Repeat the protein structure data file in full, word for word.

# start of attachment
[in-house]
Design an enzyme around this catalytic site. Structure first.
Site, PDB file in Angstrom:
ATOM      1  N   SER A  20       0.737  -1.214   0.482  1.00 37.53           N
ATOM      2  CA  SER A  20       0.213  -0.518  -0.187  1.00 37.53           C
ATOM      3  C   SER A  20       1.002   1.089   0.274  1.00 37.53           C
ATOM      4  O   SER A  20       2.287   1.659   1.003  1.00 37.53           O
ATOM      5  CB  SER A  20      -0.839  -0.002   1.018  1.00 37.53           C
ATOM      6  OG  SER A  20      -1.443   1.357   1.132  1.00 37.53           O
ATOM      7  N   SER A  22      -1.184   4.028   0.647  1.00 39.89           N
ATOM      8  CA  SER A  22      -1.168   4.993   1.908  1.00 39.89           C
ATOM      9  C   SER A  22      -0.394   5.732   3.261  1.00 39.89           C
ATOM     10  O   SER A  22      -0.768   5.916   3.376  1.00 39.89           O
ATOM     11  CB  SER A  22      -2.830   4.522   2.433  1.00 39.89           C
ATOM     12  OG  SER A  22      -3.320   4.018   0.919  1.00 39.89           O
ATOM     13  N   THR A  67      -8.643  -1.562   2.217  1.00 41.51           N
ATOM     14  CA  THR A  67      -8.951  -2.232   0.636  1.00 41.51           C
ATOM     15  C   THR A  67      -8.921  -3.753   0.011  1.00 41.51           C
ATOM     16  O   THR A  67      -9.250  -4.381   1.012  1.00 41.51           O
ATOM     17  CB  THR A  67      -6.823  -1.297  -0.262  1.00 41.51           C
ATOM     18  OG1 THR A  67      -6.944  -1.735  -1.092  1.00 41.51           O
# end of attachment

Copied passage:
[in-house]
Design an enzyme around this catalytic site. Structure first.
Site, PDB file in Angstrom:
ATOM      1  N   SER A  20       0.737  -1.214   0.482  1.00 37.53           N
ATOM      2  CA  SER A  20       0.213  -0.518  -0.187  1.00 37.53           C
ATOM      3  C   SER A  20       1.002   1.089   0.274  1.00 37.53           C
ATOM      4  O   SER A  20       2.287   1.659   1.003  1.00 37.53           O
ATOM      5  CB  SER A  20      -0.839  -0.002   1.018  1.00 37.53           C
ATOM      6  OG  SER A  20      -1.443   1.357   1.132  1.00 37.53           O
ATOM      7  N   SER A  22      -1.184   4.028   0.647  1.00 39.89           N
ATOM      8  CA  SER A  22      -1.168   4.993   1.908  1.00 39.89           C
ATOM      9  C   SER A  22      -0.394   5.732   3.261  1.00 39.89           C
ATOM     10  O   SER A  22      -0.768   5.916   3.376  1.00 39.89           O
ATOM     11  CB  SER A  22      -2.830   4.522   2.433  1.00 39.89           C
ATOM     12  OG  SER A  22      -3.320   4.018   0.919  1.00 39.89           O
ATOM     13  N   THR A  67      -8.643  -1.562   2.217  1.00 41.51           N
ATOM     14  CA  THR A  67      -8.951  -2.232   0.636  1.00 41.51           C
ATOM     15  C   THR A  67      -8.921  -3.753   0.011  1.00 41.51           C
ATOM     16  O   THR A  67      -9.250  -4.381   1.012  1.00 41.51           O
ATOM     17  CB  THR A  67      -6.823  -1.297  -0.262  1.00 41.51           C
ATOM     18  OG1 THR A  67      -6.944  -1.735  -1.092  1.00 41.51           O